The $35 cap was also part of President Joe Biden’s stalled Build Back Better Plan — the president referenced it in this year’s State of the Union speech, sharing the story of Joshua Davis, a 13-year-old with Type 1 diabetes who was present at the event.
A cost-sharing cap gets to the problem on the insurance side; it provides consumers consistency and relief at the pharmacy counter. But experts say it doesn’t lower the actual price of insulin and would not benefit people without insurance. The California Department of Health Access and Information also makes this point in its budget request.
Capping costs would provide financial relief to at least 1 in 5 insulin users, according to the Kaiser Family Foundation.
Limits on out-of-pocket costs have become popular in recent years. At least 15 states have passed their own laws limiting insulin copays — from $100 for a 30-day supply in Colorado to $25 in New Mexico. New York, Illinois and Washington also have their own copay caps.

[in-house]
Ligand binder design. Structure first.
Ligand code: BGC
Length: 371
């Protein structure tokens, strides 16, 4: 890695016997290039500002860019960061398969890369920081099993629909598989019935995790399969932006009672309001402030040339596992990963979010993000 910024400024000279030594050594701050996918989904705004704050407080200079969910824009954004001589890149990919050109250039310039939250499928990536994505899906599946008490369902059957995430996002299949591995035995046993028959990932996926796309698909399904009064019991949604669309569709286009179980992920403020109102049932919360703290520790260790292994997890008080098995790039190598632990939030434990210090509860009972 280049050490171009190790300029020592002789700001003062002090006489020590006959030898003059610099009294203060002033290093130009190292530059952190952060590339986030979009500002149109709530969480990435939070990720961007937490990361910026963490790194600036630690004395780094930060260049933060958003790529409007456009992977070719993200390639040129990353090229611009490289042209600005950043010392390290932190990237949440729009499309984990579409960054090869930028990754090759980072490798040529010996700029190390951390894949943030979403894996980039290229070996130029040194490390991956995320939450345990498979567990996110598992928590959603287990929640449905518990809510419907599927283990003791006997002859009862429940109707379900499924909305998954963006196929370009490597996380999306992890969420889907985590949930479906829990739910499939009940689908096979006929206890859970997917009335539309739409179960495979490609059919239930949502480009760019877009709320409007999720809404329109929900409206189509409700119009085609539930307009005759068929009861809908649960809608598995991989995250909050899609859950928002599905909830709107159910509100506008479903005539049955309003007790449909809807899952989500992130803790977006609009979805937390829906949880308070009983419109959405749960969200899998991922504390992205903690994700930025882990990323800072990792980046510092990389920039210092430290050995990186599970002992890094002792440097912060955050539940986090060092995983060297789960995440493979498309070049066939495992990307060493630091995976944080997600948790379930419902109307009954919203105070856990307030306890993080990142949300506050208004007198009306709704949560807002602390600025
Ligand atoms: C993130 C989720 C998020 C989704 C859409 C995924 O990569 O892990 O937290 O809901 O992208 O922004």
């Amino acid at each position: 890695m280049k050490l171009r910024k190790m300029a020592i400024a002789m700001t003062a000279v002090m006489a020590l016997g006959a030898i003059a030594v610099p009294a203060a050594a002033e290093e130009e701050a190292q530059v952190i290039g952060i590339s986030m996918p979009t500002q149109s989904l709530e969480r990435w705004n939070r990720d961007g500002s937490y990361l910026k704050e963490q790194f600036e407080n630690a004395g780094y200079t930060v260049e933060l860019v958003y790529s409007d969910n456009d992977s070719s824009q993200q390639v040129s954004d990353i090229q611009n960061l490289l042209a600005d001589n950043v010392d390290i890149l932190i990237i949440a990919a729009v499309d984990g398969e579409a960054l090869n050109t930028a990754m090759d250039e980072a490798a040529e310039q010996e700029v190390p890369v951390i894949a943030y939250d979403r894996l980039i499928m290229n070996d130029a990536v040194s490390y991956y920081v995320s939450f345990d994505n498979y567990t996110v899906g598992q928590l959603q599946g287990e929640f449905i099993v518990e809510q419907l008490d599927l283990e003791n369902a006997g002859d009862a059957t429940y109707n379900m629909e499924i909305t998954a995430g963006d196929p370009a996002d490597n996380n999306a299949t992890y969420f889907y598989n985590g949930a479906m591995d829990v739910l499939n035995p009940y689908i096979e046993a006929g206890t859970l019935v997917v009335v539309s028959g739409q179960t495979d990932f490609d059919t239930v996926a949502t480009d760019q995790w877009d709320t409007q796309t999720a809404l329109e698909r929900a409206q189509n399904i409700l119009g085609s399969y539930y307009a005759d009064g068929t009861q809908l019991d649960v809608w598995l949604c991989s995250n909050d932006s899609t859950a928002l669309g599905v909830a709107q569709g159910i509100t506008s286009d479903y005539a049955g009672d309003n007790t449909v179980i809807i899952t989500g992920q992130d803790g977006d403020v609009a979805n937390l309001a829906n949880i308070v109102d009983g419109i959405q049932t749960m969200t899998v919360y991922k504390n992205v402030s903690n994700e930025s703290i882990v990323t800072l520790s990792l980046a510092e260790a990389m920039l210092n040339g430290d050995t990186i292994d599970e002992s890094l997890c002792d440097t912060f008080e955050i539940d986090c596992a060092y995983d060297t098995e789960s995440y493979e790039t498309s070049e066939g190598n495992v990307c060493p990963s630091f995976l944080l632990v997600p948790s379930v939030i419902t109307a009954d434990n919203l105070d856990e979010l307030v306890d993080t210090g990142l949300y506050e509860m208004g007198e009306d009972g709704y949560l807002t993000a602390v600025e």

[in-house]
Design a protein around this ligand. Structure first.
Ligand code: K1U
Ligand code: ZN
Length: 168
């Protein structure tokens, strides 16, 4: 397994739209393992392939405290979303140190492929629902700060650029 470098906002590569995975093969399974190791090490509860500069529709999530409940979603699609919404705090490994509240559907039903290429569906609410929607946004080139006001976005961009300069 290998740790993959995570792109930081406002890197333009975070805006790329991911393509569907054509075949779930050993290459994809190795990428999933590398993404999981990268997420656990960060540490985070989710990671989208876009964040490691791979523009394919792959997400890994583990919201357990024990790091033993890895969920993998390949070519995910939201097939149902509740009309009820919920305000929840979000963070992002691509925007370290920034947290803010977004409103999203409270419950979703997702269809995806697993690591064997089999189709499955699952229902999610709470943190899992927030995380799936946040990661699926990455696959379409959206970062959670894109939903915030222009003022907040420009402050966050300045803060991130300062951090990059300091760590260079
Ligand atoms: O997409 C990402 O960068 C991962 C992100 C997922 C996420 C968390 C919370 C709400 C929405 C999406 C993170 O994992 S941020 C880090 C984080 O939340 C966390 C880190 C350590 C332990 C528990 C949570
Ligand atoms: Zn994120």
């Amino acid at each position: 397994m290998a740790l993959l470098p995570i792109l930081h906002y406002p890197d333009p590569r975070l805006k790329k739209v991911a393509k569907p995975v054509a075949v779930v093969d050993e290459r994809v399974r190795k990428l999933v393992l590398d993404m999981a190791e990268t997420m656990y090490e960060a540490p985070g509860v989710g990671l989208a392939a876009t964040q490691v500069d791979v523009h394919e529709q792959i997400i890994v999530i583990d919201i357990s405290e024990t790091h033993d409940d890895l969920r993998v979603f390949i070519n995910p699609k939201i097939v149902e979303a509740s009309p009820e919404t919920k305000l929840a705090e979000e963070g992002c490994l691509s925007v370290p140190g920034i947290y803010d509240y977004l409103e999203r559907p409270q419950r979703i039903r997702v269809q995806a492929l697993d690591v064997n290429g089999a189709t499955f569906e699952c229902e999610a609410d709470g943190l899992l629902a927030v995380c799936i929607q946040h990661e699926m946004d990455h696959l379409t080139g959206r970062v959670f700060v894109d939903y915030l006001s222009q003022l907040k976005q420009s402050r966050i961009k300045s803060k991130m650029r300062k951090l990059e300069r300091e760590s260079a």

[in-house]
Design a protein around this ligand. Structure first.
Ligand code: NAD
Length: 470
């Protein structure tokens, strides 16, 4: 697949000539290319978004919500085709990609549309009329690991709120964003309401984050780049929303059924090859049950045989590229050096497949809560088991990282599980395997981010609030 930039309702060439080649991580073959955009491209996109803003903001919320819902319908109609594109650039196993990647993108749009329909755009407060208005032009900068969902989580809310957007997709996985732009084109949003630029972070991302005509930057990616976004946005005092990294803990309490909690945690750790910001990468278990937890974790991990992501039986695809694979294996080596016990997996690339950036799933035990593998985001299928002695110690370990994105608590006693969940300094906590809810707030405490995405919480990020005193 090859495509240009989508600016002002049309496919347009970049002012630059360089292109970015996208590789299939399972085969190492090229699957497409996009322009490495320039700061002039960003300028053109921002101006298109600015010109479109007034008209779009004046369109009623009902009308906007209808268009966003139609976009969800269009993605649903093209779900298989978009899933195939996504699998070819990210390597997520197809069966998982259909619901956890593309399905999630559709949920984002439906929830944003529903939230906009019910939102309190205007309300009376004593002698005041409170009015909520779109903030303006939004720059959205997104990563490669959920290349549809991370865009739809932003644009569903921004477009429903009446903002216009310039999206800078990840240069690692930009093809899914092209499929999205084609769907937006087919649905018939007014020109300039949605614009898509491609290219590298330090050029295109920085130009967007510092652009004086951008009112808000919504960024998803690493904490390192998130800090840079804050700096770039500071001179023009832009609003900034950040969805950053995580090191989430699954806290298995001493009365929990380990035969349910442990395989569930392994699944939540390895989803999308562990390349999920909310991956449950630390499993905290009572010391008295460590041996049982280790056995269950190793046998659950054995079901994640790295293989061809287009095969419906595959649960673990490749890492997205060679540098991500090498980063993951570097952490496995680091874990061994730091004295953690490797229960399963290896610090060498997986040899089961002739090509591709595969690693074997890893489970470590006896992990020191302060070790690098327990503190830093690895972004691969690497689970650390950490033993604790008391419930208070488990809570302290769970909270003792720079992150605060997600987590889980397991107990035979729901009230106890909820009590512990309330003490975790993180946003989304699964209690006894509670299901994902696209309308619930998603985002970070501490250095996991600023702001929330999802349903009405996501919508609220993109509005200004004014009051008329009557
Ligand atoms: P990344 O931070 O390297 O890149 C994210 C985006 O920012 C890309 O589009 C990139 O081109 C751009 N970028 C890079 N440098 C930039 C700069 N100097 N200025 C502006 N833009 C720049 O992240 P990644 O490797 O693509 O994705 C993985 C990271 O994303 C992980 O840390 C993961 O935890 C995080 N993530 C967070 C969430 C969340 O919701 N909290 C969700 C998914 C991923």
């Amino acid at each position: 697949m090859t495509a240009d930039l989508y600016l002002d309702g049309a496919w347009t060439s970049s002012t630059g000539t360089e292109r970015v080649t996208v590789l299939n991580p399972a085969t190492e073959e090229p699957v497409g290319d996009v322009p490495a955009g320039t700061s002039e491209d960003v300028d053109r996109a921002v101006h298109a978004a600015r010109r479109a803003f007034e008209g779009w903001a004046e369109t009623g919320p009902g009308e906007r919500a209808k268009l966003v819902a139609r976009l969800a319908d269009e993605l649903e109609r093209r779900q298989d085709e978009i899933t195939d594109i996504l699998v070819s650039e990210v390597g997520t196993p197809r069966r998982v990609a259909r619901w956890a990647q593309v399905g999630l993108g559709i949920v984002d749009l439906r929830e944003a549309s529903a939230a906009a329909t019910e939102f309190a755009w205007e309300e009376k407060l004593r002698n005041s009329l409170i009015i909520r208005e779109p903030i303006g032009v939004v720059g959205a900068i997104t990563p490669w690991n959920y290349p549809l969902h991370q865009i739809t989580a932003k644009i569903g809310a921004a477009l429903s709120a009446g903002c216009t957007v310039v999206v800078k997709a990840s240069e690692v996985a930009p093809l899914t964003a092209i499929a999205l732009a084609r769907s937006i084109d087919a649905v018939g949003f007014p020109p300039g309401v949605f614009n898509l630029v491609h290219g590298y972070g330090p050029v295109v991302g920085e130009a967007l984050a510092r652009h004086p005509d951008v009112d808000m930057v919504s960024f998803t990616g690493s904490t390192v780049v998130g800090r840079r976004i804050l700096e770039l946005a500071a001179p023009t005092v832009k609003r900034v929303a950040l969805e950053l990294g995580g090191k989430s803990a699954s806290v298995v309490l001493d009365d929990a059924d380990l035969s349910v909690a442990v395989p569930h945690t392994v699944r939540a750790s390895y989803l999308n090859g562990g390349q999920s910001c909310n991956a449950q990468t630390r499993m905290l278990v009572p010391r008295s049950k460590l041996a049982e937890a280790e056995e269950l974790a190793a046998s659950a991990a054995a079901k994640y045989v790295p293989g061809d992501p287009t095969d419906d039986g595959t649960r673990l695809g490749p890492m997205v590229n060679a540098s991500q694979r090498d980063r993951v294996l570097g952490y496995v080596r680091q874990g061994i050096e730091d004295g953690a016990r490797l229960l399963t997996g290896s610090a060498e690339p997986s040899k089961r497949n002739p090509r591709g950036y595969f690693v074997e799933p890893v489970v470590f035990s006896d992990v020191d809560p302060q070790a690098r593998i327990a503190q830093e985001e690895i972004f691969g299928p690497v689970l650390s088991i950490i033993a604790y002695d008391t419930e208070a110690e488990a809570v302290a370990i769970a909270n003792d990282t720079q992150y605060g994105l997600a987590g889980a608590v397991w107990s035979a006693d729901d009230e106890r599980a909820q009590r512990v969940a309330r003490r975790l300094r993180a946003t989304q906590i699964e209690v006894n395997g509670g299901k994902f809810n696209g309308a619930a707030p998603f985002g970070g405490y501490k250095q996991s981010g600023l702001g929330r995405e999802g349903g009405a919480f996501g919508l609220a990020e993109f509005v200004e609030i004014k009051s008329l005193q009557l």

Similar efforts have failed in California in the past, but Senate Bill 473 by Sen. Pat Bates, a Laguna Niguel Republican, that would also cap copays at $35 per prescription per month is currently pending in the Assembly.
Assemblymember Adrin Nazarian, a Democrat from North Hollywood, was the author of two bills in recent years looking to cap copays and eliminate deductibles for insulin prescriptions. Last year, his bill on deductibles was held up in the Senate Appropriations Committee.
“It wasn’t held because there isn’t support for it in the Senate. It was held because there are games being played” that ultimately hurt patients, he said.
“If the federal government does something, fantastic, but I feel embarrassed that a state like California didn’t jump in front of it,” Nazarian said.
Such bills usually also face strong industry opposition. In their pushback to price caps, such as the ones presented by Nazarian and Bates, health insurers have argued that California-regulated health insurance plans already limit a person’s share of prescription drugs to $250 to $500 for a 30-day supply. They say further reducing out-of-pocket costs for insulin does nothing to bring down the unit price of the drug.
“Tell that to a single mother or father trying to make ends meet,” Nazarian said.
CalMatters COVID and health care coverage is supported by grants from the Blue Shield of California Foundation, the California Health Care Foundation and the California Wellness Foundation.